My Church Post, Part III
There is a quote on one of the aforementioned church websites (which one you’ll have to figure out for yourself) which states the following:
The worst mistake has been that Christians have tried to make their church programs or worship services their third place other than their home or workplace where they can relax and be in good company on a regular basis . The key is that third places need to be in public zones.”- What if more Christians spent their regular “church” time in places where they could meet others and begin relationships with them what might happen?
Although on the face of it I would agree with the premise of removing the “third place” from the confines of a church setting, it’s church programs and worship services that are imitational church models. Indeed, the opinion given demonstrates the prevalence of imitational church because it accepts church as something to do instead of who Christians are. Each of the churches I visited mentioned on the previous post have their peculiar ways of doing church on a typical Sunday, but that is the problem. I don’t know any of them enough to determine how deeply they apply church to their daily living, but I’d suggest that because they all do “church programs and worship services” the depth of their understanding of church is limited by what they do rather than who they are.
Each of them have buildings to maintain, rent/mortgage/utilities/insurance/etcetera to pay, and to keep paying such means the organization has to have an income sufficient to cover expenditures. Politics becomes the order to promote the greater good. To render biblical judgments on disagreements or arguments among church members can be costly, particularly in financial terms, because it could mean losing members.
Within imitational church, membership is more a function than a relationship. Relationships between church members occur at a common level, meaning that members have no deep connection to those in leadership and vice versa. Though the roles mayn’t be so overt, the imitational church maintains a classic clergy laity divide. The pastor or church leaders, therefore, either avoid or confuse disagreements between church members by following contrived, expedient church mandates. There can be all sorts of explanations and excuses for it. I’ve encountered a good one that fooled me for a time. Some church leaders may even think that imitational church is all there is to follow Christ, that it’s somehow divinely destined. Such thinking is myopic and incognizant of the God of scripture. All man-made organizations are the same, imitational church included, and I believe it’s foolish to think any church with legal incorporation having a government 501c3 status is any different. The term “church politics” might not even exist, except for imitational churches.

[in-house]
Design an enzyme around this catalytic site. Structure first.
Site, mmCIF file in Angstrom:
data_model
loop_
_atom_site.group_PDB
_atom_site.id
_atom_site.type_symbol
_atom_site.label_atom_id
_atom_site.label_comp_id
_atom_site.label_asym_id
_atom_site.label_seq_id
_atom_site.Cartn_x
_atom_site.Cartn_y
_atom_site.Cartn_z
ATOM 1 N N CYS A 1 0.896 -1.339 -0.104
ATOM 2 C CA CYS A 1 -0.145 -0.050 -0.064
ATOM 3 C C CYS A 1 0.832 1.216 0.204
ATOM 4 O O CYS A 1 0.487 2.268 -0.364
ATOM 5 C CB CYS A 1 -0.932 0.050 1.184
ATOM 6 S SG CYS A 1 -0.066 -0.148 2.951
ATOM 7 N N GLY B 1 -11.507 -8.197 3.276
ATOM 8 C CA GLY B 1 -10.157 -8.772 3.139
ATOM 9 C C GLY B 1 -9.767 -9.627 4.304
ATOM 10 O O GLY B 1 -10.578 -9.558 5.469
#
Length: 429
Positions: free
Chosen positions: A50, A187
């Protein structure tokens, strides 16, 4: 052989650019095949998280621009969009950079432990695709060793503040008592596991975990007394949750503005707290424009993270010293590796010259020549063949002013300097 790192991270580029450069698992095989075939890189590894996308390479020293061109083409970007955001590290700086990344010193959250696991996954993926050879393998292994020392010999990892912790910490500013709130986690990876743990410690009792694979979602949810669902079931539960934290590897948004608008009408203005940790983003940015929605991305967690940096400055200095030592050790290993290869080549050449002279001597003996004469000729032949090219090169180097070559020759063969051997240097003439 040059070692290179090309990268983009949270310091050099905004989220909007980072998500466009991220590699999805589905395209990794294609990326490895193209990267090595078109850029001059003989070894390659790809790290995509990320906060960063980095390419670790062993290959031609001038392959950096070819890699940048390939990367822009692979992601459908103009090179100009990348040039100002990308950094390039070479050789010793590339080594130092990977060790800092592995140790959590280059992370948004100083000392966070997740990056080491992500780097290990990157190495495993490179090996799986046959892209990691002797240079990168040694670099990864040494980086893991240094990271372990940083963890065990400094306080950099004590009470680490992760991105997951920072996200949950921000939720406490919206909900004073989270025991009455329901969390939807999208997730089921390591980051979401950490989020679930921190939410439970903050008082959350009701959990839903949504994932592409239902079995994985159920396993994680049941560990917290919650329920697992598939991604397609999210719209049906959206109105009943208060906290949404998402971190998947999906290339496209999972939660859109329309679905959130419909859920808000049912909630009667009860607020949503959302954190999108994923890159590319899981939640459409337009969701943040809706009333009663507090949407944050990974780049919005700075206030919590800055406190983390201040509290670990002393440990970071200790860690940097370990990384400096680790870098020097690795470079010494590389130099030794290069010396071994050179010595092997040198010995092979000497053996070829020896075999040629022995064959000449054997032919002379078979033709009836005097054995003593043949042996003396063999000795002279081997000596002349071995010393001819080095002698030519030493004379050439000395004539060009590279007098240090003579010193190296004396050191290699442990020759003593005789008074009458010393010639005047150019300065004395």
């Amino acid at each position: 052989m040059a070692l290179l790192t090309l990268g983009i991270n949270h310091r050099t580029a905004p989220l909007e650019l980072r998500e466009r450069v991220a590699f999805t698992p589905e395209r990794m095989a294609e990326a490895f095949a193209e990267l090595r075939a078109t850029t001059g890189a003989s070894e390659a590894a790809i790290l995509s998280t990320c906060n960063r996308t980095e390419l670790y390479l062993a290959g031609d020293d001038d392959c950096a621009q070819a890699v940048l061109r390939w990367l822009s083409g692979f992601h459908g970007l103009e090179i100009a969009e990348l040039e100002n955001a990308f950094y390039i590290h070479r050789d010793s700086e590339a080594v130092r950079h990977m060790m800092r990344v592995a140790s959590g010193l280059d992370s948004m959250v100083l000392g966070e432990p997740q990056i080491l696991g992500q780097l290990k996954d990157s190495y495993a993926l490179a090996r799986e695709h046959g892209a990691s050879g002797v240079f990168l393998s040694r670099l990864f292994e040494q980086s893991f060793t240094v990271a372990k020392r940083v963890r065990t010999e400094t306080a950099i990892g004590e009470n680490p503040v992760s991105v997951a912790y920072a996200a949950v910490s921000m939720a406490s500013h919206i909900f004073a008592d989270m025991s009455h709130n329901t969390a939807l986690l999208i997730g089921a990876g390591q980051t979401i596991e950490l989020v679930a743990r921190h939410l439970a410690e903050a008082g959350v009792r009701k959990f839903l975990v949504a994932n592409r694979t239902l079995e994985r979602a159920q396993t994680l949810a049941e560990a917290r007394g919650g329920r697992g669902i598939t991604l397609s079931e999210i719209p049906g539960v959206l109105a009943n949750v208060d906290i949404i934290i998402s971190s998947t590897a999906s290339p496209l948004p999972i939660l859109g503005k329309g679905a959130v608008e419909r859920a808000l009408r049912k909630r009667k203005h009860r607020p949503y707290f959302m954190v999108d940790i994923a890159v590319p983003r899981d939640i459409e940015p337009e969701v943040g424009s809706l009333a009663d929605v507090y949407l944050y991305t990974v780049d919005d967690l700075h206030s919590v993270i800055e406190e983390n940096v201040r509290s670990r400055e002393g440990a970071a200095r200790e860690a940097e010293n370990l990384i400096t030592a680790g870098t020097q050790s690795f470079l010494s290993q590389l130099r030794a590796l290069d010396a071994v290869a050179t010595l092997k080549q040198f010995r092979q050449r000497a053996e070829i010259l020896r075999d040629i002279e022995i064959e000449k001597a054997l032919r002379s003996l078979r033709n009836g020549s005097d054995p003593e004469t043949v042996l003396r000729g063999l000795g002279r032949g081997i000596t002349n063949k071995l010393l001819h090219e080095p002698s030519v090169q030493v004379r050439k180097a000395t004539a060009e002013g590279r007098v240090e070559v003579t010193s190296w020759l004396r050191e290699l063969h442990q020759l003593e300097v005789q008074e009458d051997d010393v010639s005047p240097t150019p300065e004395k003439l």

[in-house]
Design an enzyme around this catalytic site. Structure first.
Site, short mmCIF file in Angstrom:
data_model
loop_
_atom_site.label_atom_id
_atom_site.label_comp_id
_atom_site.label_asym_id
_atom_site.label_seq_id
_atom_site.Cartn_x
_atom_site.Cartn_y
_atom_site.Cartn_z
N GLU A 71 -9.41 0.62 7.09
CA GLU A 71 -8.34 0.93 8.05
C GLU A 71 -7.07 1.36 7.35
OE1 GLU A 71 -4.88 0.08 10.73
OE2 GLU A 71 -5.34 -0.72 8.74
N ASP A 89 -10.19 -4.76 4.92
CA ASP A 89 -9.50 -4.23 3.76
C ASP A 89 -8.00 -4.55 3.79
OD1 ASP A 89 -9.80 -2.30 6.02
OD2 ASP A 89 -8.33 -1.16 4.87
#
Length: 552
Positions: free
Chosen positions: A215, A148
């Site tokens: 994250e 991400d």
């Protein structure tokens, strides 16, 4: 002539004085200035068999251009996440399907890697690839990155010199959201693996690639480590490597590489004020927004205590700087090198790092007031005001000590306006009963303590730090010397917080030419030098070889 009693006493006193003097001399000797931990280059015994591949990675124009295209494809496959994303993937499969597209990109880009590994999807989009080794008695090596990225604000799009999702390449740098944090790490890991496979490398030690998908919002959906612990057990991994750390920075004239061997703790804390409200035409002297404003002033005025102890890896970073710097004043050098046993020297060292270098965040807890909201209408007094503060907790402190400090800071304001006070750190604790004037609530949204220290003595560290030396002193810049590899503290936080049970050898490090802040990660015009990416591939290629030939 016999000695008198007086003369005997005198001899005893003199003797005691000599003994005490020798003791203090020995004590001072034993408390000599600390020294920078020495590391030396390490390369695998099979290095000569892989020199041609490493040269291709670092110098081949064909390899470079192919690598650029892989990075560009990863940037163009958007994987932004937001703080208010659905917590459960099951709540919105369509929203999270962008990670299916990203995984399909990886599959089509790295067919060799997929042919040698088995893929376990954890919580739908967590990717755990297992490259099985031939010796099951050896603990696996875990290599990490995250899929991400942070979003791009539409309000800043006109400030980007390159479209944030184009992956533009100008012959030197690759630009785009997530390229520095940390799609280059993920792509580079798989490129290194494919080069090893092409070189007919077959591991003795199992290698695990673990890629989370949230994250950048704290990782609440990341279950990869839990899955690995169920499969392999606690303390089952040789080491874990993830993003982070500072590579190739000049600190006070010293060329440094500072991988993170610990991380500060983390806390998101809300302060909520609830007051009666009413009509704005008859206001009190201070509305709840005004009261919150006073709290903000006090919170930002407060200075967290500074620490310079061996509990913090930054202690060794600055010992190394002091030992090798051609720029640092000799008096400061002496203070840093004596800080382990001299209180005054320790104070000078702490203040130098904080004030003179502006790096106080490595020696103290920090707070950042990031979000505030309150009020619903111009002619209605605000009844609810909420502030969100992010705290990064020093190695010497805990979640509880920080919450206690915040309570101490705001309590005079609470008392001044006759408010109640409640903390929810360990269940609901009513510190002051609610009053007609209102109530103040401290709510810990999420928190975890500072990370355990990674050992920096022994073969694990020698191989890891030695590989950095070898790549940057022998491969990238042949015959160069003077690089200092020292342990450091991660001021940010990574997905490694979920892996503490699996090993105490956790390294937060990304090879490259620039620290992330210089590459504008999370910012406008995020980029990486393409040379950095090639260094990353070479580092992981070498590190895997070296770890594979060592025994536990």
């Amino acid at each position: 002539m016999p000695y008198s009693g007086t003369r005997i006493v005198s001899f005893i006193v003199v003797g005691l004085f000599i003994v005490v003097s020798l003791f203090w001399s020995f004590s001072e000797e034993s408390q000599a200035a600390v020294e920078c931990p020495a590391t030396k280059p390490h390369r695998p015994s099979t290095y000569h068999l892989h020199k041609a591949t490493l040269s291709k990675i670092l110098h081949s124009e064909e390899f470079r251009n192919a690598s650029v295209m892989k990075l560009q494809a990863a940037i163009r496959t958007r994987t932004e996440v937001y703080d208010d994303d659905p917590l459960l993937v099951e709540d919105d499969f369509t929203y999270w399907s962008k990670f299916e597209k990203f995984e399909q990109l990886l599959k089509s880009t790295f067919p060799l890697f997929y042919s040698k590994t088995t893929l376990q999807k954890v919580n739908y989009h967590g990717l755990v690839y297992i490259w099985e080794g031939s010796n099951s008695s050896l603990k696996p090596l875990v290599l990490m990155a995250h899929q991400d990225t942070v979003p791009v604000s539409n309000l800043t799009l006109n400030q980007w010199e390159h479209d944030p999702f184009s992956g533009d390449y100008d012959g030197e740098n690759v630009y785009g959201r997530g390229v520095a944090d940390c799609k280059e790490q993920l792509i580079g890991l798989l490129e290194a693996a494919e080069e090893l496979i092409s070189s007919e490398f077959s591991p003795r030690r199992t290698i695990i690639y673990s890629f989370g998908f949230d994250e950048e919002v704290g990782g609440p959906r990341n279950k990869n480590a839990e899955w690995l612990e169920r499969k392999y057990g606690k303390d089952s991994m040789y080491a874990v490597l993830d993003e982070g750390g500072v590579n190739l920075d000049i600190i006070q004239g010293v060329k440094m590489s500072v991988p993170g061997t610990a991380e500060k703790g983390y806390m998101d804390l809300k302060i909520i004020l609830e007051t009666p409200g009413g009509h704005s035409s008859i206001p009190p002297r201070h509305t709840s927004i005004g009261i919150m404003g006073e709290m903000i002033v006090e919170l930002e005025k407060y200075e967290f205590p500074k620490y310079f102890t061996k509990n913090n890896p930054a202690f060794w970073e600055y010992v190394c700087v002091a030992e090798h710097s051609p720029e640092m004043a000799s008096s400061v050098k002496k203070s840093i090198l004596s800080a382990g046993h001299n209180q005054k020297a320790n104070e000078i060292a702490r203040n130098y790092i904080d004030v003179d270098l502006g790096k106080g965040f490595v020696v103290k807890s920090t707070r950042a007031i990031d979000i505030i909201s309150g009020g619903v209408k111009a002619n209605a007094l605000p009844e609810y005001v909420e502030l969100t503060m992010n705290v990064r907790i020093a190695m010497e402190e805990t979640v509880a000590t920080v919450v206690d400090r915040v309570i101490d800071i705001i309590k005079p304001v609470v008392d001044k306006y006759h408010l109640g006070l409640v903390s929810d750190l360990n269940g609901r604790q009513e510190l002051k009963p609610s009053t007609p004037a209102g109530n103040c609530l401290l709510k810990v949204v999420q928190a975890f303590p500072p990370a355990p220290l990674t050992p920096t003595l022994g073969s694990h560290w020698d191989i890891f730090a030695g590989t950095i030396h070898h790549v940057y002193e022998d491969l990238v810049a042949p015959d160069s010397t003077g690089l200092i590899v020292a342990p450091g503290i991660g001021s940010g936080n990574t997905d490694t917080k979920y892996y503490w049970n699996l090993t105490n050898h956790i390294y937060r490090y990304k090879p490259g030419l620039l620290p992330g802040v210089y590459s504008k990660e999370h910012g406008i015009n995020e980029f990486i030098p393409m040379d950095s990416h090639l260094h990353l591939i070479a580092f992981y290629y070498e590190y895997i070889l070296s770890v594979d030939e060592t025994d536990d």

This is where I diverged from going to church, as if that phrase meant what it should. Unfortunately, a good deal of my prior church devotion was misplaced, but God can take the worst mistake and turn it to good. For that reason, I recognize there can be good which comes of imitational churches. I turned to Christ, was baptized, was married and raised our children in such churches. I committed myself to this kind of thing for years. My dissatisfaction, combined with some difficult personal church situations, brought me to understand that even good can be the enemy of the perfect. Evil can be obvious, and it so permeates everything in this life that even that which appears good can be corrupt. Christianity is our only salvation from ourselves because I believe in evil. Maybe I’ll rant more on that later, but I digress.
I could go back to it, put on a good front, but it just wouldn’t be the same. There is the matter of fellowship which doesn’t happen as I’d like, but it’s better than playing the church dating game from Sunday to Sunday. Even if I somehow found ourselves adopting some imitational church to be a part of I’d know what to avoid or to be drawn into. I know more of the fake than not to appreciate the real thing. Essential church can’t be compartmentalized.
I know too much now to ever play the committed Christian part. (Institutional churches are to commit Christians to not for committed Christians to be a part of.) Was I disillusioned? Certainly, but I don’t think I’m the only one. The statistics point to more and more believers similarly dropping off church rosters. Read Barna’s “Revolution” if you don’t think so. We’re still on an odyssey. Our lives center around Jesus, His work and the Word. Everything else is superfluous.
Essential church lives life in such a way that Christians are congregating anywhere, on the golf course, in a fishing boat, at a baby shower, etc. There are no programs, just Christians being the church. Believers live His life. A God powerful enough, encompassing enough and strategic enough to save mankind through the death and resurrection of His Son doesn’t need the feeble devices of humans to propagate His life in churches.
(I invite comment.)